Composting is great, but not if it has a toxic herbicide in it

Using grass clipping in your compost could pose a danger to evergreens if you're not careful

As the green movement continues to expand throughout the minds and practices of consumers, more people are aware of the advantages of composting. It cuts down on the amount of garbage we toss and it’s a great amendment for trees and home gardens.

But a darker side of composting has reared its ugly head.

If you’re been putting grass clippings in your compost, you may need to think again. Last month, the Environmental Protection Agency sent a letter to DuPont ordering the company “to immediately halt the sale, use or distribution of Imprelis, an herbicide marketed to control weeds that has been reported to be harming a large number of trees, including Norway spruce and white pine.” This order requires the chemical company to stop selling and distributing Imprelis in the United States and details specific steps to ensure its removal from the marketplace.

Imprelis was approved by the U.S. EPA in August 2010 to help control broad leaf weeds in turf grass. Originally thought to be environmentally friendly when it was introduced in 2010, landscapers who used the weed killer this spring have reported nearby evergreen trees began to die after its application.

DuPont originally said Imprelis´ key ingredient  aminocyclopyrachlor was used at lower rates than similar herbicides, and was less persistent in grass clippings and degrades in compost.

But on Aug. 4, a week before the EPA banned Imprelis, DuPont voluntarily suspended sales of the product and announced it would  implement a refund program.

White pine devastation from Imprelis use

In May, the U.S. Composting Council issued a warning to composters to watch out for grass clippings that were contaminated with Imprelis. At issue  the USCC said, is that unlike most herbicides,Imprelis will survive the composting process and still remain active. Preliminary research earlier this year by the USCC showed that Imprelis doesn’t break down significantly faster than the leaves and grass in the compost, so the concentration stays about the same.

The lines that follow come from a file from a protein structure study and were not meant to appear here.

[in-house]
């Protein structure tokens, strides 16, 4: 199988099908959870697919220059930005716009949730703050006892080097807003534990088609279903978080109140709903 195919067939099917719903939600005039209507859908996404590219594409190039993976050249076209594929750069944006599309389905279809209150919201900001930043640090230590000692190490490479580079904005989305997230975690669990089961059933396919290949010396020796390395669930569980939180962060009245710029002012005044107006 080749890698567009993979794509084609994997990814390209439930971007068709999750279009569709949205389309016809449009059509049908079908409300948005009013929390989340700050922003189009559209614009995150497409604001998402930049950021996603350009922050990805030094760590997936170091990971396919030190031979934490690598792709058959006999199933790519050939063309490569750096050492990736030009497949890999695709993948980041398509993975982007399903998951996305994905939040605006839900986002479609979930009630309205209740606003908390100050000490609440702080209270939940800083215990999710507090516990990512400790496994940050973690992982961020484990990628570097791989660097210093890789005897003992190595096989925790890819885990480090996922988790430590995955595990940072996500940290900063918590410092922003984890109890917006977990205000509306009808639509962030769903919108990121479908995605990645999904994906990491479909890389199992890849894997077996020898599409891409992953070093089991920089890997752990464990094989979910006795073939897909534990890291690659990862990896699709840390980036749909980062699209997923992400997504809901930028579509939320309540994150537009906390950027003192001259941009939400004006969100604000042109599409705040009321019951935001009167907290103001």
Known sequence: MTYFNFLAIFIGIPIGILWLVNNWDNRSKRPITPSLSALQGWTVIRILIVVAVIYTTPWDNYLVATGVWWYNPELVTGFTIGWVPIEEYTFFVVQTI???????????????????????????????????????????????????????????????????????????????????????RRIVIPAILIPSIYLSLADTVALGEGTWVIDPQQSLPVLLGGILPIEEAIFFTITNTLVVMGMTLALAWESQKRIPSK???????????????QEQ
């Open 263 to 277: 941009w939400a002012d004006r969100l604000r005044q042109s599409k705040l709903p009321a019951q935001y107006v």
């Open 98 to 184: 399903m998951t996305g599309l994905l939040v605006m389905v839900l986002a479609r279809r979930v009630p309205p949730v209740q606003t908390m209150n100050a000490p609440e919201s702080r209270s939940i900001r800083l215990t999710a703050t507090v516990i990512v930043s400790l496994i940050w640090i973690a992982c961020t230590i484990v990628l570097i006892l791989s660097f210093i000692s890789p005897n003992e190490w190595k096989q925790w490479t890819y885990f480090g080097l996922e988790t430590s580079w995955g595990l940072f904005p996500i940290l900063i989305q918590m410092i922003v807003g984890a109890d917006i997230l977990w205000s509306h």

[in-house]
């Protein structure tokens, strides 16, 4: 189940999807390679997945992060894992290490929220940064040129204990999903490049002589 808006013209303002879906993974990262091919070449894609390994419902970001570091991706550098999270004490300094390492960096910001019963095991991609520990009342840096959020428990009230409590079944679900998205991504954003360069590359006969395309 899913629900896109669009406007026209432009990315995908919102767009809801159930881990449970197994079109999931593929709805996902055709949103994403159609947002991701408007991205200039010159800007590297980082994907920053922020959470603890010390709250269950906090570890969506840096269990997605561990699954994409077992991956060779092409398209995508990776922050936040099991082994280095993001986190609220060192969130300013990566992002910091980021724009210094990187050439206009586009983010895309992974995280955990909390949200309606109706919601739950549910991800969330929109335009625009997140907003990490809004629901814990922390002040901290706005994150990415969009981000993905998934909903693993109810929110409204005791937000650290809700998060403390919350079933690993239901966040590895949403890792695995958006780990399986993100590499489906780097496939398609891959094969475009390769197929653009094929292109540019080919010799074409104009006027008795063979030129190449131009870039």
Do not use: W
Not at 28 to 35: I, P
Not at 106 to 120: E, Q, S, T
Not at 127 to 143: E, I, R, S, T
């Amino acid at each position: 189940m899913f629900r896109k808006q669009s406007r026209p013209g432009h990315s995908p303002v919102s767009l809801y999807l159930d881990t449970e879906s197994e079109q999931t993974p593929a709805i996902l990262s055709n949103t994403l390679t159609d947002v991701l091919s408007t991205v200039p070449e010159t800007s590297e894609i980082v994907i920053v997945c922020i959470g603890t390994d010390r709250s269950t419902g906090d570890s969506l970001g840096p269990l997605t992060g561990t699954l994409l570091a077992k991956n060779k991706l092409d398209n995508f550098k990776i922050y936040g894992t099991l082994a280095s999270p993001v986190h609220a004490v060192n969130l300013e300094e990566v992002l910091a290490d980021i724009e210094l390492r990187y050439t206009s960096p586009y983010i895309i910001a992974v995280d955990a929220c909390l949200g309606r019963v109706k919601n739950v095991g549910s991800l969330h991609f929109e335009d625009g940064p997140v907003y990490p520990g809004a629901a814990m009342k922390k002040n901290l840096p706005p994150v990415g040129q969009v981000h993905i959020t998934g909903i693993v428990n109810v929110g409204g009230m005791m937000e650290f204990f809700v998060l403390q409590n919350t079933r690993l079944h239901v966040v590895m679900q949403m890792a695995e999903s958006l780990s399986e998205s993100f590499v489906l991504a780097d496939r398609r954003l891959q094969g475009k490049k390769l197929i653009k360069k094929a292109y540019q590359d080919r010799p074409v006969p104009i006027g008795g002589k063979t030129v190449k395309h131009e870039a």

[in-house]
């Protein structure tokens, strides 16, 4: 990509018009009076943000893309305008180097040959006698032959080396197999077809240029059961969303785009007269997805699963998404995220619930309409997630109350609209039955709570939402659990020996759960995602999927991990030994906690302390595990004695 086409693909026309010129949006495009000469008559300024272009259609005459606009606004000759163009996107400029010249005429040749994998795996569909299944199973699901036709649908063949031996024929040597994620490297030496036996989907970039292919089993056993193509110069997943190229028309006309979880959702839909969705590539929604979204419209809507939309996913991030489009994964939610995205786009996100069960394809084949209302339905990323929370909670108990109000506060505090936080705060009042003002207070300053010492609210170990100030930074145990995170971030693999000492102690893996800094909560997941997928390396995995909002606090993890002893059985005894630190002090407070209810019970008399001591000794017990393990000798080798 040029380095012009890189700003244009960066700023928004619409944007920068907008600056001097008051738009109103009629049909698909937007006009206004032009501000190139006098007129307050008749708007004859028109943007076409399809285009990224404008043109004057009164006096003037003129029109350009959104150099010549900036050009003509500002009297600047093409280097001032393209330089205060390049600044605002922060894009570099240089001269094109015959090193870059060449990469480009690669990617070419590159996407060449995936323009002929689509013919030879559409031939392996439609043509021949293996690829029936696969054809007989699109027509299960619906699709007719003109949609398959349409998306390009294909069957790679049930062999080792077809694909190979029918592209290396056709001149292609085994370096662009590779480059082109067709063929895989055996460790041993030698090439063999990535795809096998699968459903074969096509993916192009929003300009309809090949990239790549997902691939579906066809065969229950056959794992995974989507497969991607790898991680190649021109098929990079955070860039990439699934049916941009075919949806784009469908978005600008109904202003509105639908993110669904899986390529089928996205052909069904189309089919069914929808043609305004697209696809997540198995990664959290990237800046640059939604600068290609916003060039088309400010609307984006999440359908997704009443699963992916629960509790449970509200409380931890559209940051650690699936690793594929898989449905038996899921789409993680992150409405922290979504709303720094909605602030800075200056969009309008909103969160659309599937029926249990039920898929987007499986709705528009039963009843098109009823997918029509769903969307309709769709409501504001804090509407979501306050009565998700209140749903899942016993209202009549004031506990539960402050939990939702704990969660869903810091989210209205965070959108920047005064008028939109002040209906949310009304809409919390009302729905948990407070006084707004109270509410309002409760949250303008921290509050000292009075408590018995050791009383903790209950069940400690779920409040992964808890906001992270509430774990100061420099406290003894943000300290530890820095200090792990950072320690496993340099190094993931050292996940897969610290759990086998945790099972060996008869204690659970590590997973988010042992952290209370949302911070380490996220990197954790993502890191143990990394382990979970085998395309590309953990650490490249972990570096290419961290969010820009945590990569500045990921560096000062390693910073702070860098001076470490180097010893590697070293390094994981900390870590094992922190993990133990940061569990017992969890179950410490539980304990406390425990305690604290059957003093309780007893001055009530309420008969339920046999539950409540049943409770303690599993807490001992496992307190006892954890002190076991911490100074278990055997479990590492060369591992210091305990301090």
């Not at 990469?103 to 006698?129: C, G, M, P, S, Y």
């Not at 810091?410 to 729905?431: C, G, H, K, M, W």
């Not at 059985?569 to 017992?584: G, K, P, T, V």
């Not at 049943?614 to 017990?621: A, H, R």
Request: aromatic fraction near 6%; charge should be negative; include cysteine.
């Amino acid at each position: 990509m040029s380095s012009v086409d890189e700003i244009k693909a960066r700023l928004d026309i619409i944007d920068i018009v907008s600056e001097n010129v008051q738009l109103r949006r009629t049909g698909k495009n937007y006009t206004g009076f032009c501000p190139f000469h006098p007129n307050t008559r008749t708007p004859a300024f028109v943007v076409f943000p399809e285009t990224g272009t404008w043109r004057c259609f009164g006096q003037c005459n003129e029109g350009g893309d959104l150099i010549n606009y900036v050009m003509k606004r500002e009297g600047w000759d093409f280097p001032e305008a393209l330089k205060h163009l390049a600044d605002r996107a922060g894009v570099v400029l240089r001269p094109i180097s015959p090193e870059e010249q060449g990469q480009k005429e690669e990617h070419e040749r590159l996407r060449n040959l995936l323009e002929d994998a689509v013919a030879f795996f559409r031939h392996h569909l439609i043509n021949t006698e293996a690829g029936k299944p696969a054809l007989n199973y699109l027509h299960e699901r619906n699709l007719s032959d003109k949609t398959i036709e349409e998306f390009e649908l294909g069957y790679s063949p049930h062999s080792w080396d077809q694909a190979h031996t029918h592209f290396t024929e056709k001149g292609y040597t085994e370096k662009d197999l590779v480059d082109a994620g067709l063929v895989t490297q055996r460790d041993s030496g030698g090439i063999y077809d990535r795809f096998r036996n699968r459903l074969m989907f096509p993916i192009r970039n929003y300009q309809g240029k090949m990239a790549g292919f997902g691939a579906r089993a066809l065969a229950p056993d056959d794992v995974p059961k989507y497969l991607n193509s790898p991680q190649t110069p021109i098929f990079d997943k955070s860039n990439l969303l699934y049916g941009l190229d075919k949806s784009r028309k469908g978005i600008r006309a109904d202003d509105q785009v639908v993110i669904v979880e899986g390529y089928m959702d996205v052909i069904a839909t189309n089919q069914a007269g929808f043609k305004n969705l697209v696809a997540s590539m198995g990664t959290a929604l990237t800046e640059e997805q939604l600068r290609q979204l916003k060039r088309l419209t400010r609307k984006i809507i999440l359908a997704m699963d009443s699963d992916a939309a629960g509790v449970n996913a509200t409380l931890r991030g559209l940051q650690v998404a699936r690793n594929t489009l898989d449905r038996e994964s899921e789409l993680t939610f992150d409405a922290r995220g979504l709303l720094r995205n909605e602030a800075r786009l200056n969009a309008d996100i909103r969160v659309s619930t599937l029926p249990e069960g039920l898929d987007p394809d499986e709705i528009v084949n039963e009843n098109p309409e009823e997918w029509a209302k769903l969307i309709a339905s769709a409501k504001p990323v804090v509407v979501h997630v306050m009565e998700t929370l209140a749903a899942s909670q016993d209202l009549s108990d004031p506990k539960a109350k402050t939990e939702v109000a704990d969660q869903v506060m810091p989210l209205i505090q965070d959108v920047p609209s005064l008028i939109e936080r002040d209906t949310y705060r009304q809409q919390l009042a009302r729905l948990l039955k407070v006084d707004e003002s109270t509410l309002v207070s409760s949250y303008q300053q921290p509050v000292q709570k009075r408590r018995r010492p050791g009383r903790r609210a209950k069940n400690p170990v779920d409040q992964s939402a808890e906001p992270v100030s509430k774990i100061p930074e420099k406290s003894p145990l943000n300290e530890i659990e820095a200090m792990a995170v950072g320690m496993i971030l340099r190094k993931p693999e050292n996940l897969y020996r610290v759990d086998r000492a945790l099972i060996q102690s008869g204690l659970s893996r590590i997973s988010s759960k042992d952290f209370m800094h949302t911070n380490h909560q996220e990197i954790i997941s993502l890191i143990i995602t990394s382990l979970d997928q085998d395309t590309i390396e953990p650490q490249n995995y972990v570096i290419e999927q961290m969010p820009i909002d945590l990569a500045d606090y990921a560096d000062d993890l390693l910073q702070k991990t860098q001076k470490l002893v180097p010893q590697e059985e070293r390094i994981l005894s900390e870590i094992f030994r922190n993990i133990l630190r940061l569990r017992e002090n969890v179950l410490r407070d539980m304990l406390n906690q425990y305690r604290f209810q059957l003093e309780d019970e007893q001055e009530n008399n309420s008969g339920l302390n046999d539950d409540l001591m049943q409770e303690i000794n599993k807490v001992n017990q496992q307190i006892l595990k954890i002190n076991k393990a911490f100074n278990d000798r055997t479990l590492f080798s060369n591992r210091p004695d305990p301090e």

On June 17th, DuPont sent a letter to professional applicators cautioning against the use of Imprelis where Norway spruce or white pine were nearby.

Dead trees caused by Imprelis use

As expected, there’s a class action suit in the works – with client groups in Ohio, Michigan, Indiana, Iowa, and Minnesota, with  plans to file additional actions in Wisconsin, Illinois, Kansas and South Dakota.  The EPA has received more than 7,000 reports of damaged trees so far. They’re continuing to assess whether the damages are the result of product misuse, inadequate warnings and label use directions, persistence in soil or plant material, uptake through root systems and absorption into plant tissue, environmental factors, potential runoff issues or other causes.

So buyers beware – again. You may need to check your garage to see whether the package of weed killer you’ve been using contains this apparently highly damaging toxic chemical. If it does, be careful of using that compost!

An Ohio State researcher quoted in a BioCycle special report said 60 percent of the active ingredient remained in compost after 200 days, enough to do damage to a number of susceptible garden plants including beans, cucumbers and tomatoes.

Is this another case of it’s better to go organic? As they say, it couldn’t hurt.

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